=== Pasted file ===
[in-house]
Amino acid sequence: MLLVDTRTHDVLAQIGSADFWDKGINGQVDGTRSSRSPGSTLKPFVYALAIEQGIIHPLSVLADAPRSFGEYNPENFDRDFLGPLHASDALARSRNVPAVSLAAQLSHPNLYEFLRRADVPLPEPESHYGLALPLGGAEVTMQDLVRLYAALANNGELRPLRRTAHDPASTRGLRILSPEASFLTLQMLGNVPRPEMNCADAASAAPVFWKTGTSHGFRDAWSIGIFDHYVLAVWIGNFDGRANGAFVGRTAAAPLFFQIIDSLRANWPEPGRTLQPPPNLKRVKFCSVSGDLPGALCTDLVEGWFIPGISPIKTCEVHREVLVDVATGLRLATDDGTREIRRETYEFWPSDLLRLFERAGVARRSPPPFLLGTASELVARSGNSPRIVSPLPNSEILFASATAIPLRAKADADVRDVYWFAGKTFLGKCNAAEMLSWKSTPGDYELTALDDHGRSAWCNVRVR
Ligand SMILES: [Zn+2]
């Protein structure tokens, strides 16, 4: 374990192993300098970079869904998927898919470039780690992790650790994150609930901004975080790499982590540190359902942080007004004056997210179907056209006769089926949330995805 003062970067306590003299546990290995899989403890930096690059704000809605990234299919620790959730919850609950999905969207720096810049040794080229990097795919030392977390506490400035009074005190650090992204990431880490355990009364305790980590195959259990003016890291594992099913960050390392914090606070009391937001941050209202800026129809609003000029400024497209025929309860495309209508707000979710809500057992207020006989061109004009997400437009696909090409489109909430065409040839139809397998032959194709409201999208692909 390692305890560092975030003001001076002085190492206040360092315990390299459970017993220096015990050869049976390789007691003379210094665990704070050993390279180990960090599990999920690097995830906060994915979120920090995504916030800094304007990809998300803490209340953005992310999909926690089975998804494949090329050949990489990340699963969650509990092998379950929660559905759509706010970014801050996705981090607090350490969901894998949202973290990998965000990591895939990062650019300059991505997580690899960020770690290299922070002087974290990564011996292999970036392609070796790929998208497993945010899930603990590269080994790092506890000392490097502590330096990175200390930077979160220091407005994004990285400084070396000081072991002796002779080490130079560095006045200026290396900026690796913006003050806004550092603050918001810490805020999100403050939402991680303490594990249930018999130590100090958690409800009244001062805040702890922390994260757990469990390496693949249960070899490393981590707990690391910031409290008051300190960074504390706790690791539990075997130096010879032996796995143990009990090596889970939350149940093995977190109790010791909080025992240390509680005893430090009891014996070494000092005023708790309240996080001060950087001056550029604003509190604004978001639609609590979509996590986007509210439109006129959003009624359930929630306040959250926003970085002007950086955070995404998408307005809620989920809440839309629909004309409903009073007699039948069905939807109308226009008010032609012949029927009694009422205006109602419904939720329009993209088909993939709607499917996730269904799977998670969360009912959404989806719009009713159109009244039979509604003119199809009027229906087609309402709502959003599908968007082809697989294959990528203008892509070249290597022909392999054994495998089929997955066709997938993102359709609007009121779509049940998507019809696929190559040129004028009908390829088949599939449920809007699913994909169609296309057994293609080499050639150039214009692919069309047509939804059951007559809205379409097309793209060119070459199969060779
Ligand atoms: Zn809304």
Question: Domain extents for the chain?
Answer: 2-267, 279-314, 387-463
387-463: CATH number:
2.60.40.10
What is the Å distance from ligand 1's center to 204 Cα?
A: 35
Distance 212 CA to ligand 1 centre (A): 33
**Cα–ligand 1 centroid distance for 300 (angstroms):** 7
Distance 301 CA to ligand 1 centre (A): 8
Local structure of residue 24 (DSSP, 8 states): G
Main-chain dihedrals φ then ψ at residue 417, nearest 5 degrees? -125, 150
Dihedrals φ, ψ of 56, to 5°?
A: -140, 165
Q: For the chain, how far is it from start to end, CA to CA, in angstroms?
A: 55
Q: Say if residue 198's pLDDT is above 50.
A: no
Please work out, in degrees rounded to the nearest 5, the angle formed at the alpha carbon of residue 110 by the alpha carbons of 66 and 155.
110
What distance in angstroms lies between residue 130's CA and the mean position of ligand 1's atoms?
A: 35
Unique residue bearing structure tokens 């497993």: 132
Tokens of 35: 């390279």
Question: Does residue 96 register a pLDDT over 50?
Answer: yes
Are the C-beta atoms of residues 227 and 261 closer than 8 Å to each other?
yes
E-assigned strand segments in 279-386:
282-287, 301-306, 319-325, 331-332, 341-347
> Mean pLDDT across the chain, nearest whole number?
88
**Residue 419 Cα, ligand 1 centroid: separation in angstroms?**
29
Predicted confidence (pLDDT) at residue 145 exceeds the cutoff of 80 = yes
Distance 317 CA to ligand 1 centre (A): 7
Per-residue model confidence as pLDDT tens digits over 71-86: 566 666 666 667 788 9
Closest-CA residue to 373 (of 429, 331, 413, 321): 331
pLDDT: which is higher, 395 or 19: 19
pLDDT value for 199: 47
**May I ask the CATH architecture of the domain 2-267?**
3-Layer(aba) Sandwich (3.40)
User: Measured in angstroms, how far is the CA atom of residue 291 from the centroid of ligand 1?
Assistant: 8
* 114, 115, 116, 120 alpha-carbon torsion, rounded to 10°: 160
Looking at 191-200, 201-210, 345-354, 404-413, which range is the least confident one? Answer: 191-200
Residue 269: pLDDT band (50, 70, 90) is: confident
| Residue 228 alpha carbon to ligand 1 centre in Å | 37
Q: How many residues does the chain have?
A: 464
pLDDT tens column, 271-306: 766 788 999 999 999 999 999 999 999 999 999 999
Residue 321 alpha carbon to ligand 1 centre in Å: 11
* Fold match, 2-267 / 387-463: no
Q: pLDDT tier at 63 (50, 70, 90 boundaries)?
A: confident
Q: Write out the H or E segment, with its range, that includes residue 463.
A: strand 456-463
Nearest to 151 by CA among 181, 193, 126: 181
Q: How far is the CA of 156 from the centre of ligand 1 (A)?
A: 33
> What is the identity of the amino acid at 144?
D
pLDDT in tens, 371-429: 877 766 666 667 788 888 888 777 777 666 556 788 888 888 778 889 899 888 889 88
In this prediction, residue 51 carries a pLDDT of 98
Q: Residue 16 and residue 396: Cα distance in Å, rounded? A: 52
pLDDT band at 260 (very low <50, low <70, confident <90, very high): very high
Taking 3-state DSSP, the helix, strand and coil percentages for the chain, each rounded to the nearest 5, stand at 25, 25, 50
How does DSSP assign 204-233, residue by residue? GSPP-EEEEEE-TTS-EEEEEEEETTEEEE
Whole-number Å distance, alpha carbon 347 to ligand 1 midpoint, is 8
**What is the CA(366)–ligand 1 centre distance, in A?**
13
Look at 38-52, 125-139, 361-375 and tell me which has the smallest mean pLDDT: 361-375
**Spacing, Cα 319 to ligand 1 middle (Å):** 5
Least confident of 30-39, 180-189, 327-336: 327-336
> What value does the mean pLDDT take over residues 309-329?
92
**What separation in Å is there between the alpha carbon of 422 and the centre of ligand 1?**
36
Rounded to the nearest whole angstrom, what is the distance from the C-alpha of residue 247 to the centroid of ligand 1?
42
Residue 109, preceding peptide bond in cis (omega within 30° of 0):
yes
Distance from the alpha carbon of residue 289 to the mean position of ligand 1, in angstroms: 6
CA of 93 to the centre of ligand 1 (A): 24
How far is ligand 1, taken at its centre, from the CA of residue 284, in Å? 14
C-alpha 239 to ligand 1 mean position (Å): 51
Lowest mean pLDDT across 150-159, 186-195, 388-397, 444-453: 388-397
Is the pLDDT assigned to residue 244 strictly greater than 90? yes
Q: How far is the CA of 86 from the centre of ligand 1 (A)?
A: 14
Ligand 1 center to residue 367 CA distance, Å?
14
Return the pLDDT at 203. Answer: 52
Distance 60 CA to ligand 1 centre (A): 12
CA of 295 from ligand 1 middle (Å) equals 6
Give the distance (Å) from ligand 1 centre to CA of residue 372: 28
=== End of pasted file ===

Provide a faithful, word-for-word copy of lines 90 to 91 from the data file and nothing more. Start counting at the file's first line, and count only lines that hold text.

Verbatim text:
C-alpha 239 to ligand 1 mean position (Å): 51
Lowest mean pLDDT across 150-159, 186-195, 388-397, 444-453: 388-397